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Old 09-01-22, 06:59 AM
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I've been fairly lucky in that either it was fairly obvious that the detour was the way to go and I saw it before it was too late or I was able to cross in some way. I have waded across shallow water a few times and walked a narrow railroad trestle once.

We have hit a long stretch of broken up concrete that was nearly unrideable for too many miles of construction. If I remember correctly they shuttled bikes around, but weren't doin so for the weekend. There was one young kid left on the site. We asked if there was a way around. The directions went something like, "Go back 75 miles the way you came...". So we slogged over many miles of broken concrete of the closed road. I don't recall exactly how far it was, bur it seemed interminal.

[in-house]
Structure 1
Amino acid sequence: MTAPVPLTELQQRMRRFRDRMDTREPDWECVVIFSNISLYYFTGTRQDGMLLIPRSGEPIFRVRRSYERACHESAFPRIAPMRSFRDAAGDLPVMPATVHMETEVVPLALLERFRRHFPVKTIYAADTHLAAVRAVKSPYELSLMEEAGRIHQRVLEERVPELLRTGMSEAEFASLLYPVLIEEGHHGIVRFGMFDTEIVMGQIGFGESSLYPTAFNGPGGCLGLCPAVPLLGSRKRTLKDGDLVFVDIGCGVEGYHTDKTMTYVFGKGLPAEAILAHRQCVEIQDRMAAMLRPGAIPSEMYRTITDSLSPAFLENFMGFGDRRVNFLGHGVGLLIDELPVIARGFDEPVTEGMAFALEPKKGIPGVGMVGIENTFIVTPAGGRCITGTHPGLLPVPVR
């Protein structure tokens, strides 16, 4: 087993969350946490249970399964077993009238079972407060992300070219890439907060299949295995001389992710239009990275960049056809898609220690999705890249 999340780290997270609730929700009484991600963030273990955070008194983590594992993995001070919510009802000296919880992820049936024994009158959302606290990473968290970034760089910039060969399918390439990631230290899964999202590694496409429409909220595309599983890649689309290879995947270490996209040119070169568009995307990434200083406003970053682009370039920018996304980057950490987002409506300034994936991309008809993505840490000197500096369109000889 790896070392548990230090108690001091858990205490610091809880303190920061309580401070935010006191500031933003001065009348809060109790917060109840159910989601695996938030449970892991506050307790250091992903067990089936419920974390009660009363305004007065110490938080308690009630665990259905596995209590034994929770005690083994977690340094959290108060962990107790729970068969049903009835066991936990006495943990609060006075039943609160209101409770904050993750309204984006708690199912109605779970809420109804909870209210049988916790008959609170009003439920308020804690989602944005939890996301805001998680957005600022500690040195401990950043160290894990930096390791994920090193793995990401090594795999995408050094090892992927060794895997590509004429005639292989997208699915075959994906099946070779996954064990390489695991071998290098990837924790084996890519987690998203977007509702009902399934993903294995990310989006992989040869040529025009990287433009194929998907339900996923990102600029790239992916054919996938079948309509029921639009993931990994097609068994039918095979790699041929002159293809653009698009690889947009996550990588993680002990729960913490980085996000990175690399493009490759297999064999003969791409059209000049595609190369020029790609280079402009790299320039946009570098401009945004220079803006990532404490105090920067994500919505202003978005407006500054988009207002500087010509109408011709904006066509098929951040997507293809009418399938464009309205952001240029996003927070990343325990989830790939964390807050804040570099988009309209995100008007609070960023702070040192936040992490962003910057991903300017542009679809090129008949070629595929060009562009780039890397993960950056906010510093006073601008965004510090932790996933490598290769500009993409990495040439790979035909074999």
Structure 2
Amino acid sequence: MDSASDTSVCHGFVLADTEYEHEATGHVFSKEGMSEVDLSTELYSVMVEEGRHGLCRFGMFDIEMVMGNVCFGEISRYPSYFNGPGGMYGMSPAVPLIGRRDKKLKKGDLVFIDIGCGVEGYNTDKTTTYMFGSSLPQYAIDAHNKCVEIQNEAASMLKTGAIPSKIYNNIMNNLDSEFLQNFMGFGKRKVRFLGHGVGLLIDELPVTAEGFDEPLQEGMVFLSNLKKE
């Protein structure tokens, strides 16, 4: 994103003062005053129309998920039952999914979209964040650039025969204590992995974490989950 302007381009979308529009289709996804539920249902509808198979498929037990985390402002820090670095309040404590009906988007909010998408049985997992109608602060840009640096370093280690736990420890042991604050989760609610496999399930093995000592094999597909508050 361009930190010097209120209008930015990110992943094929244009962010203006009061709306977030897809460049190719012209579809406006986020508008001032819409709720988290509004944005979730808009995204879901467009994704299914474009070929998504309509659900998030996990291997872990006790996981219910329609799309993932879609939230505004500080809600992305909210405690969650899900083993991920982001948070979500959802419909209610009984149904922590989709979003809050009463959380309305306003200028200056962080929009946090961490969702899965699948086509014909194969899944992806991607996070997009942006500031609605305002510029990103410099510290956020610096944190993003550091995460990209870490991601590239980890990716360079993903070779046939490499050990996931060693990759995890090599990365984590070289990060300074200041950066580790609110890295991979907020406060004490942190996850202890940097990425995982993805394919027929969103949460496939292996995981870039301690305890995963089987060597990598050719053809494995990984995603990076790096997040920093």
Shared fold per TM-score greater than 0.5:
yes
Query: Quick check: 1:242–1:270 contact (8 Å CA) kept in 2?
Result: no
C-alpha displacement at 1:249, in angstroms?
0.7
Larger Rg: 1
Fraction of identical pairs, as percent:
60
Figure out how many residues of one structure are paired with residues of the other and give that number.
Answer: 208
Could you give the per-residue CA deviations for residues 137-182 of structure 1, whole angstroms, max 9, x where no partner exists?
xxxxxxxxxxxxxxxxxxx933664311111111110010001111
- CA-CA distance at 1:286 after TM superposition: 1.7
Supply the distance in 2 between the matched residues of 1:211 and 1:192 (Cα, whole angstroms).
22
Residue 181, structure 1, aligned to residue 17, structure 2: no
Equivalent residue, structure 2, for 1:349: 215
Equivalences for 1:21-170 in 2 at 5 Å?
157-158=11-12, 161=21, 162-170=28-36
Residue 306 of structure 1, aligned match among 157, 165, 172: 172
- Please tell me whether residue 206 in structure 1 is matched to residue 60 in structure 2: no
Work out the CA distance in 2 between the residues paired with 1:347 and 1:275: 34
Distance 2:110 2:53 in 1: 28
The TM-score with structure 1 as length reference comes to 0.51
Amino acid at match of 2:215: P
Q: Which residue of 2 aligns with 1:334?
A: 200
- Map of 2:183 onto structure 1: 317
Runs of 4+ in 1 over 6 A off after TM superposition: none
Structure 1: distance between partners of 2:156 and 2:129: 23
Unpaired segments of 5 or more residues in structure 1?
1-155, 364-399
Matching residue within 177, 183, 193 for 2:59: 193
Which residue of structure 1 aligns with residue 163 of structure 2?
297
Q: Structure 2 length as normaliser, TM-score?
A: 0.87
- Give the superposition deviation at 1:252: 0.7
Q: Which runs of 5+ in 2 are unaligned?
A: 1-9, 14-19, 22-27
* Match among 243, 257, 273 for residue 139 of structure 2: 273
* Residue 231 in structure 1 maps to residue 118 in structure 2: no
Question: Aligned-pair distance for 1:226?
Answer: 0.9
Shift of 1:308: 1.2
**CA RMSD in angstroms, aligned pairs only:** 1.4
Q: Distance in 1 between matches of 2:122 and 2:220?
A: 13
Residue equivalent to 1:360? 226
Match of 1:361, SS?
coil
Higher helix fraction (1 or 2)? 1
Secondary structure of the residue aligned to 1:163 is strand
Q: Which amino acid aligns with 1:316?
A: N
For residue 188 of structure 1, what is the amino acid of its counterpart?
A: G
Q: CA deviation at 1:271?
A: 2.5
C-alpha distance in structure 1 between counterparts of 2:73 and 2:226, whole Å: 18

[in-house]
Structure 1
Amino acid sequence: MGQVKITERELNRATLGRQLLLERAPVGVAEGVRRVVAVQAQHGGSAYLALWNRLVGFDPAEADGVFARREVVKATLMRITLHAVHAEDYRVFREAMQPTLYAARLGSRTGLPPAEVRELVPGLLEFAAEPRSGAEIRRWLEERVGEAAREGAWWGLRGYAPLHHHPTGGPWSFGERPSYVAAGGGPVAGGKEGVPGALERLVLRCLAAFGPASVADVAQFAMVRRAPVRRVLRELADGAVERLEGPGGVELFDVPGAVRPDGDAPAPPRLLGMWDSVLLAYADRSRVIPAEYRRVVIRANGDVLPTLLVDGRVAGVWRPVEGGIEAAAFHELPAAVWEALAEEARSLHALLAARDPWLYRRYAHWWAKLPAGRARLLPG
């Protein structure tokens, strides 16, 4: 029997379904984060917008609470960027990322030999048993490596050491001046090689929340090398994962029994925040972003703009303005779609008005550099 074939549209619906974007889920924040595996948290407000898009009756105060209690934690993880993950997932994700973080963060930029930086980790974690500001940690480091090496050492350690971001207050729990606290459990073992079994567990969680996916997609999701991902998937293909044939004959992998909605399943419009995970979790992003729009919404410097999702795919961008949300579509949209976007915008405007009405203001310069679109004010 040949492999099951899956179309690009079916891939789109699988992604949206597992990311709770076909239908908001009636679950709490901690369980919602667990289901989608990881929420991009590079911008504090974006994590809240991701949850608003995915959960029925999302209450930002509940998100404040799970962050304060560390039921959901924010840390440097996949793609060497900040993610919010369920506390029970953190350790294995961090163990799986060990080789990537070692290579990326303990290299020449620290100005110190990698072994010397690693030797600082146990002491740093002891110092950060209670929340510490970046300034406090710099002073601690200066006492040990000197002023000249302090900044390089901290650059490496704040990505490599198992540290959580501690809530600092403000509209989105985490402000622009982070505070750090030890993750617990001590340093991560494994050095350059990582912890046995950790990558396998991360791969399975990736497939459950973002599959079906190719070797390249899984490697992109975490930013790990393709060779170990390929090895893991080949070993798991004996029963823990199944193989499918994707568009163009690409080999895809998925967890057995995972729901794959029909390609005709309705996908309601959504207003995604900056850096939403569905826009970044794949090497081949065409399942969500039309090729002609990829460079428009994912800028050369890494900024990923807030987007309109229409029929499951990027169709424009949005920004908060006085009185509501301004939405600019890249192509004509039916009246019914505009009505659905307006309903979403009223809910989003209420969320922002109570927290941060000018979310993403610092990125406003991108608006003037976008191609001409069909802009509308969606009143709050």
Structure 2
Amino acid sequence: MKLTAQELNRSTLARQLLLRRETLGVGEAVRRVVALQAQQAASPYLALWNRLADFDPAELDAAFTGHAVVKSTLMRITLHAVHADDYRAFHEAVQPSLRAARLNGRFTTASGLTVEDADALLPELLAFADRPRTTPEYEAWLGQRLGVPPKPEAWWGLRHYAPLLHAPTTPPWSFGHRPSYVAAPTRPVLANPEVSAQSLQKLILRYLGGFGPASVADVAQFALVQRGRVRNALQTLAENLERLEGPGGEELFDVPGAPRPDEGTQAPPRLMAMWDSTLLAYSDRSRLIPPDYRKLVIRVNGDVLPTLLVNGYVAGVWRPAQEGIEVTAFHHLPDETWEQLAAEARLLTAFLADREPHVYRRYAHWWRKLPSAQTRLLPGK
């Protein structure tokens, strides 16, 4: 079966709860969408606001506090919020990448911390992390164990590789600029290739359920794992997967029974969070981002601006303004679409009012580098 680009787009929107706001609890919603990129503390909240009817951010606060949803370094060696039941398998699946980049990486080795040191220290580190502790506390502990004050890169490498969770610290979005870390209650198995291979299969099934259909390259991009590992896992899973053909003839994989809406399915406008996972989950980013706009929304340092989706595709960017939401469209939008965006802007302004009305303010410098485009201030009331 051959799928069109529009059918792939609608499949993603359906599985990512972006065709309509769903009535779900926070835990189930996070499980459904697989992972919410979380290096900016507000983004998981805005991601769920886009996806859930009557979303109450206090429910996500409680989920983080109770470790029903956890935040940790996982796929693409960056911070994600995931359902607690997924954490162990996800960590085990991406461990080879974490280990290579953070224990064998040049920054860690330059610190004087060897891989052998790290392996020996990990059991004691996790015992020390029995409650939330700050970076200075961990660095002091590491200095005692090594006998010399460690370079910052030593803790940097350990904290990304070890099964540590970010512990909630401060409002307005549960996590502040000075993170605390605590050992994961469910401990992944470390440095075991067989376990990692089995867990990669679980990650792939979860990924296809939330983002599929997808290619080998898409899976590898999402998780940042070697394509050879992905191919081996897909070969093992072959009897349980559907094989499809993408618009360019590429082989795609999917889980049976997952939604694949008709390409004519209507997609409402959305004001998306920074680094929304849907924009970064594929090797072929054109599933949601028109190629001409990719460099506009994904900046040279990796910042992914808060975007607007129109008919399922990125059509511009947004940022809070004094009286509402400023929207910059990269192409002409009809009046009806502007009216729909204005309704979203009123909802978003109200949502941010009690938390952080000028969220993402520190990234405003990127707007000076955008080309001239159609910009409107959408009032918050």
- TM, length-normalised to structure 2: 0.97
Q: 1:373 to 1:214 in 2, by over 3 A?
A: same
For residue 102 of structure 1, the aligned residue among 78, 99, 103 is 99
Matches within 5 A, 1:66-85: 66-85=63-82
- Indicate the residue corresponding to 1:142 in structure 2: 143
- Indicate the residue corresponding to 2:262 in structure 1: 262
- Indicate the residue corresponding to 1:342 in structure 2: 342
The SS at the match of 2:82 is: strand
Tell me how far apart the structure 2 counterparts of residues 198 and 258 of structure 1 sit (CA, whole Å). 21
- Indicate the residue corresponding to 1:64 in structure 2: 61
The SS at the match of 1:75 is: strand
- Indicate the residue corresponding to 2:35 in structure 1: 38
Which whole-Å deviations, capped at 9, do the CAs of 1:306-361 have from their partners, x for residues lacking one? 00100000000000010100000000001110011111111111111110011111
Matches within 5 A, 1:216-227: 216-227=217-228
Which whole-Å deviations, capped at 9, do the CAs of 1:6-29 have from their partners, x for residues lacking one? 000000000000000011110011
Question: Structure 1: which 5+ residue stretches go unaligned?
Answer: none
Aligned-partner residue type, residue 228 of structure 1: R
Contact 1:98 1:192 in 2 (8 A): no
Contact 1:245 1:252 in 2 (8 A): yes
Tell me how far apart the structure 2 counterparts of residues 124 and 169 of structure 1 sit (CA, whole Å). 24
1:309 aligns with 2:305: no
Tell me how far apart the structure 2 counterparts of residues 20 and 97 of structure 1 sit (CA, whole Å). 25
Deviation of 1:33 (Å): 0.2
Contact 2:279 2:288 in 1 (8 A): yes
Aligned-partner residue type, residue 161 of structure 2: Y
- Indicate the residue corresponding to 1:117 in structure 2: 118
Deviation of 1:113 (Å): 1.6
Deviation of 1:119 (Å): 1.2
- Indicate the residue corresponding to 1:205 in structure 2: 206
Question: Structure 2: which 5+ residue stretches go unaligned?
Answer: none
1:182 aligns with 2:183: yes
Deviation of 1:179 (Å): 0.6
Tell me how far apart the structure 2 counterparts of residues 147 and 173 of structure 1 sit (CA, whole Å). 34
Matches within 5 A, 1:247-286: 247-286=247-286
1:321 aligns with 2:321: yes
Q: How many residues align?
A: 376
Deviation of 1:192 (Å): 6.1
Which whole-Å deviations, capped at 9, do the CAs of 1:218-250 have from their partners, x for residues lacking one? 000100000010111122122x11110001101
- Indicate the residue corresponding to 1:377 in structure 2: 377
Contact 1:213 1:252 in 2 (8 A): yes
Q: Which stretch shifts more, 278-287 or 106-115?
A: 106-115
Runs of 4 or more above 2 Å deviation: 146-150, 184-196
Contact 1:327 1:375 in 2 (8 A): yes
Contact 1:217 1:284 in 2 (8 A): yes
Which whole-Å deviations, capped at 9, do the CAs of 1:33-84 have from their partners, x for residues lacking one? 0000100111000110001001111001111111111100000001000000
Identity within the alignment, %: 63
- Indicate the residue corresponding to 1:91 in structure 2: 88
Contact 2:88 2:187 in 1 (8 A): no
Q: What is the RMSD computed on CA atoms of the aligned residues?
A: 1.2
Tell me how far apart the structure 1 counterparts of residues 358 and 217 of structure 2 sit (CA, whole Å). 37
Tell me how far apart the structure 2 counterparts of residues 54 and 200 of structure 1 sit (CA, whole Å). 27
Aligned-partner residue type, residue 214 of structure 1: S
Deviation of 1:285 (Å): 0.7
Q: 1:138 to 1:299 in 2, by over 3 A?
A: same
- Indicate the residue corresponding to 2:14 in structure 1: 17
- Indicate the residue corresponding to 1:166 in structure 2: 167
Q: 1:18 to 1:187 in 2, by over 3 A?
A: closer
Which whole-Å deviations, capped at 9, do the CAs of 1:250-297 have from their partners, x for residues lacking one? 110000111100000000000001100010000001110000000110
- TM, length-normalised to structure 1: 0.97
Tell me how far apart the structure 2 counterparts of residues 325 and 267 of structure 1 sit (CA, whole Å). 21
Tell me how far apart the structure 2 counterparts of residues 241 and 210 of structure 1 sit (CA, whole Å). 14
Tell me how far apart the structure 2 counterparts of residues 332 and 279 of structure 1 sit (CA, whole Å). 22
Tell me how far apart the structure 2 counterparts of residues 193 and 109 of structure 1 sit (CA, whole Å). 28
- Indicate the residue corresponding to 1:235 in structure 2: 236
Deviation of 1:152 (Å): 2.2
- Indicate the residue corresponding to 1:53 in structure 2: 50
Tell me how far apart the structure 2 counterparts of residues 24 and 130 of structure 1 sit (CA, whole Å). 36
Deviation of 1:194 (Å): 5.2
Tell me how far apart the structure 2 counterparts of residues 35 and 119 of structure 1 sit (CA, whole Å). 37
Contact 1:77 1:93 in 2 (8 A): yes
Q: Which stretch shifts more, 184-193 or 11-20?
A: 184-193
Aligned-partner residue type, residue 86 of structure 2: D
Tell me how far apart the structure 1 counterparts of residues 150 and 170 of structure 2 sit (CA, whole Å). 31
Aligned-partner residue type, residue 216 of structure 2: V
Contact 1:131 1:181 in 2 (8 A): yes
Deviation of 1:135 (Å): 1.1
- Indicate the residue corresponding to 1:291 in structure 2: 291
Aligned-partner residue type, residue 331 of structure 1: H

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Old 09-01-22, 07:09 AM
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I try to ask if there is anyone around. If not, I will go for it if the missing bridge is not too far down the road. "Bridge Out 1 Mile Ahead. Local Traffic Only"

One time in PA the sign was several miles away. I went for it anyway, thinking "It's probably passable by bike." When I got to the bridge, the demo crew was literally removing the last remaining girder. Was told the detour was loooong and that if I wanted to wait they would let me cross the creek. So I waited about 30 min. Took off the cycling shoes and tossed to them to the opposite bank. Put on the flip flops. Lifted up the bike about waist high and walked across the creek at the shallowest point I could find, which was abut 2'. The crew watched the whole thing. I felt tlike they were waiting for me to wipe out, but I didn't.